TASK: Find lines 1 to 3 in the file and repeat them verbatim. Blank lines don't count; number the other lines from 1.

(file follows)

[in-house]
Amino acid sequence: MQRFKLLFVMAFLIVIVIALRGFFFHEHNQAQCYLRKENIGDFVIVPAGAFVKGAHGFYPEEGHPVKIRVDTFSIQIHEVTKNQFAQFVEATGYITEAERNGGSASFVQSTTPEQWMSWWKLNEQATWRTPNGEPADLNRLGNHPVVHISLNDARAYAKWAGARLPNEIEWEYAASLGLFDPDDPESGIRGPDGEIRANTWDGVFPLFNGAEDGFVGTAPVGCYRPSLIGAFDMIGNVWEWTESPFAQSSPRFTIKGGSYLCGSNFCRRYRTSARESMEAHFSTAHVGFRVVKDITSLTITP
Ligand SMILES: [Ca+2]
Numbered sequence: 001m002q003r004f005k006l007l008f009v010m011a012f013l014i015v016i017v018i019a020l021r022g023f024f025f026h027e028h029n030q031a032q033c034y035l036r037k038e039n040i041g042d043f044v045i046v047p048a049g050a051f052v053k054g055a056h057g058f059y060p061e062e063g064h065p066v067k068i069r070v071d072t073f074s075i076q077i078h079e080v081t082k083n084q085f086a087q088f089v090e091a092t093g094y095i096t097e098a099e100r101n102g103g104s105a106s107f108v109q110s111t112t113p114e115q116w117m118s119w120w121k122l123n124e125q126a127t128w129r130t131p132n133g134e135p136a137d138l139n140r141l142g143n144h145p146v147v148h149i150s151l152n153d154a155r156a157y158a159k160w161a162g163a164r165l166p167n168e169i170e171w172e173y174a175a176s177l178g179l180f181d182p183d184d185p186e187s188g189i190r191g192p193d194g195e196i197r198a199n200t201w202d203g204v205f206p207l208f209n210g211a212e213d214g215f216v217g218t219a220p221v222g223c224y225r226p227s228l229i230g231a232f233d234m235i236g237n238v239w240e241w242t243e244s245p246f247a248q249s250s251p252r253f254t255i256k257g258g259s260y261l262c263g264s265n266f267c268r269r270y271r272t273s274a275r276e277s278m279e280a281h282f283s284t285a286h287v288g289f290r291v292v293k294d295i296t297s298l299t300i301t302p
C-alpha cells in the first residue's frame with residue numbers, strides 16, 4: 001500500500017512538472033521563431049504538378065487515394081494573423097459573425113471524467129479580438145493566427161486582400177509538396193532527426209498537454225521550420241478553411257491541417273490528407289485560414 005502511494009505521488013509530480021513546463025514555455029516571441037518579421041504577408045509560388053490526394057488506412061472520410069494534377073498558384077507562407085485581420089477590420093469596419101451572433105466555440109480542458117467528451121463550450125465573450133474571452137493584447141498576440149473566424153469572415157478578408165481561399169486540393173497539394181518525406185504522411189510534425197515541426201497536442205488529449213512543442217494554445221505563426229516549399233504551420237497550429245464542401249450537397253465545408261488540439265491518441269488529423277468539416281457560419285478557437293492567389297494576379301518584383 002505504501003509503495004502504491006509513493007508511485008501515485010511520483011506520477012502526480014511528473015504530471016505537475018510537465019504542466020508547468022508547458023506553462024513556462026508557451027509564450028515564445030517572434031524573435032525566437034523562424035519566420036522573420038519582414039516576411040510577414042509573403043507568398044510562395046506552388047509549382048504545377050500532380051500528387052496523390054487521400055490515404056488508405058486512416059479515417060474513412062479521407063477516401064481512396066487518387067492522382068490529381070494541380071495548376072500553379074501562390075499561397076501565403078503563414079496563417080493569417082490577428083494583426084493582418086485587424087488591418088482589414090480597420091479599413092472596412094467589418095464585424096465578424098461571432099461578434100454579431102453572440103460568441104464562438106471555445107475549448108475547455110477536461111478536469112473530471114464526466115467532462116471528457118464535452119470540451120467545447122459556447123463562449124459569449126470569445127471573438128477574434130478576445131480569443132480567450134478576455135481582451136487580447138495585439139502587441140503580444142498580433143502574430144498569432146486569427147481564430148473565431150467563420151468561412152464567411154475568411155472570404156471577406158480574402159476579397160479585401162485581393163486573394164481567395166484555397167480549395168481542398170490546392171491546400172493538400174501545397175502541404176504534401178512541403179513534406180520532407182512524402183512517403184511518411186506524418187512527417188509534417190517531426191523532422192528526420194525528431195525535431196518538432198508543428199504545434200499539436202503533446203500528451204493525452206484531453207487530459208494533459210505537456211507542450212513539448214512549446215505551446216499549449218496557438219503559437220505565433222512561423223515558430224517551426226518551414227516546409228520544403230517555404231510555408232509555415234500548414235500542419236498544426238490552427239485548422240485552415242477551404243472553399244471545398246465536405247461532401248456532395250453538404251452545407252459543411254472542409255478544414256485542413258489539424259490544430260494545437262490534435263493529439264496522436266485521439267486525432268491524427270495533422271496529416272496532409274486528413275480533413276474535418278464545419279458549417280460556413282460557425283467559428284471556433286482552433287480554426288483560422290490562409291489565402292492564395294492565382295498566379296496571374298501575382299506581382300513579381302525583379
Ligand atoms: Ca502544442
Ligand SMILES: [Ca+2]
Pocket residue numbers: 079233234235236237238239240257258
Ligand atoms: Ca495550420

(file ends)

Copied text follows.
[in-house]
Amino acid sequence: MQRFKLLFVMAFLIVIVIALRGFFFHEHNQAQCYLRKENIGDFVIVPAGAFVKGAHGFYPEEGHPVKIRVDTFSIQIHEVTKNQFAQFVEATGYITEAERNGGSASFVQSTTPEQWMSWWKLNEQATWRTPNGEPADLNRLGNHPVVHISLNDARAYAKWAGARLPNEIEWEYAASLGLFDPDDPESGIRGPDGEIRANTWDGVFPLFNGAEDGFVGTAPVGCYRPSLIGAFDMIGNVWEWTESPFAQSSPRFTIKGGSYLCGSNFCRRYRTSARESMEAHFSTAHVGFRVVKDITSLTITP
Ligand SMILES: [Ca+2]